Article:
Tarot Runes I Ching Stichomancy Contact
Store Numerology Coin Flip Yes or No Webmasters
Personal Celebrity Biorhythms Bibliomancy Settings

Today's Stichomancy for Pamela Anderson

The first excerpt represents the past or something you must release, and is drawn from The Death of the Lion by Henry James:

and the result of her reflexion on what I had just said was to make her suddenly break out: "Look here, sir - what's the matter with him?"

"The matter with him is that if he doesn't look out people will eat a great hole in his life."

She turned it over. "He hasn't any disfigurement?"

"Nothing to speak of!"

"Do you mean that social engagements interfere with his occupations?"

"That but feebly expresses it."

"So that he can't give himself up to his beautiful imagination?"

The second excerpt represents the present or the deciding factor of the moment, and is drawn from Democracy In America, Volume 1 by Alexis de Toqueville:

compact of union with the other States; but she demands, and will exercise, the right of putting her own construction upon it; and when this compact is violated by her sister States, and by the Government which they have created, she is determined to avail herself of the unquestionable right of judging what is the extent of the infraction, and what are the measures best fitted to obtain justice."]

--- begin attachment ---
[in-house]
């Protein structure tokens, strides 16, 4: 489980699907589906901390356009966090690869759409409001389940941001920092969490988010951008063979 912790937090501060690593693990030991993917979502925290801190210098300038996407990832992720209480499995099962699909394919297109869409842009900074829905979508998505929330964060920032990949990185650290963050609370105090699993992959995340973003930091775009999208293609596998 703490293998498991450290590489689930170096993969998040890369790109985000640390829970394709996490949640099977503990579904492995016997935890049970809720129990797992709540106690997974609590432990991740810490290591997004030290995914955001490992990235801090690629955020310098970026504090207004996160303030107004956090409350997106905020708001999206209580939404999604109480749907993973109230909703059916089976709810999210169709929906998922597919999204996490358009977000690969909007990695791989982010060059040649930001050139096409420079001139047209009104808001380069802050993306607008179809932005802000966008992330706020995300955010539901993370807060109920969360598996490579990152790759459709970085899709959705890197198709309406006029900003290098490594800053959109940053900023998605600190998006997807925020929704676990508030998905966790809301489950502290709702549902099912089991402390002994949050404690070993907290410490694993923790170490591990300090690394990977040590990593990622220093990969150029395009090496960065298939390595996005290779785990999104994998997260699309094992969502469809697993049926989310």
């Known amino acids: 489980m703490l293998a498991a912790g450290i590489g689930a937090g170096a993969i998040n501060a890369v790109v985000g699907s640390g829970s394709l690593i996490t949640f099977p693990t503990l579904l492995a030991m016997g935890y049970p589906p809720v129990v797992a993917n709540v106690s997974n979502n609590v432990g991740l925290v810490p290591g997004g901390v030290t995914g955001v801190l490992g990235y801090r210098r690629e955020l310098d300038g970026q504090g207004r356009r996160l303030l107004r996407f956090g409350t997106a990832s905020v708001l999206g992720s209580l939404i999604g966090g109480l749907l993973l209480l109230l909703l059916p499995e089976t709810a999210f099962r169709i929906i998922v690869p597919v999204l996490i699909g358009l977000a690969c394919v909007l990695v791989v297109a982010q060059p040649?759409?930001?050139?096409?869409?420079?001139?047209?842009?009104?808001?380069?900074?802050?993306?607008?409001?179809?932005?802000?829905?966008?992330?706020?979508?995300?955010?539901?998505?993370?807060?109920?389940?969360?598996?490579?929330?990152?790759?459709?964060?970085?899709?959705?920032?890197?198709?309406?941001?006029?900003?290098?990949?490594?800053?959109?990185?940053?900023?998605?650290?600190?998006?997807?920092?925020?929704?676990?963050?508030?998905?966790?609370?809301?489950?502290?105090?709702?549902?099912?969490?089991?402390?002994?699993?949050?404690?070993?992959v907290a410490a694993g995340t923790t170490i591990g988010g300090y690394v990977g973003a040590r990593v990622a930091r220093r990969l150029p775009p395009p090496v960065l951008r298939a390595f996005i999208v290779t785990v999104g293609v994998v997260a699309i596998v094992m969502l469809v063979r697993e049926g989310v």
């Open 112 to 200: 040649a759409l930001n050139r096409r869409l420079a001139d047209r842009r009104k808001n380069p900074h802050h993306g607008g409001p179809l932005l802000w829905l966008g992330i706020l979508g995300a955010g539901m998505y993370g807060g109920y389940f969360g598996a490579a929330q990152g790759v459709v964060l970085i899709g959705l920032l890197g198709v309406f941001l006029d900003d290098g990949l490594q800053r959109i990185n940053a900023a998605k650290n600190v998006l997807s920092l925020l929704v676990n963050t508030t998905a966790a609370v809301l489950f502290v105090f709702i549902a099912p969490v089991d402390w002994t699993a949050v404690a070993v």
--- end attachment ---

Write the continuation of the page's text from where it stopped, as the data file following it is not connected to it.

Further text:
Chapter XVIII: Future Condition Of Three Races - Part IX

In the meantime South Carolina armed her militia, and prepared for war. But Congress, which had slighted its suppliant subjects, listened to their complaints as soon as they were found

The third excerpt represents the future or something you must embrace, and is drawn from Alcibiades II by Platonic Imitator:

The wisest plan, therefore, seems to me that you should keep silence; for your 'highmindedness'--to use the mildest term which men apply to folly-- will most likely prevent you from using the prayer of the Lacedaemonians. You had better wait until we find out how we should behave towards the Gods and towards men.

ALCIBIADES: And how long must I wait, Socrates, and who will be my teacher? I should be very glad to see the man.

SOCRATES: It is he who takes an especial interest in you. But first of all, I think, the darkness must be taken away in which your soul is now enveloped, just as Athene in Homer removes the mist from the eyes of Diomede that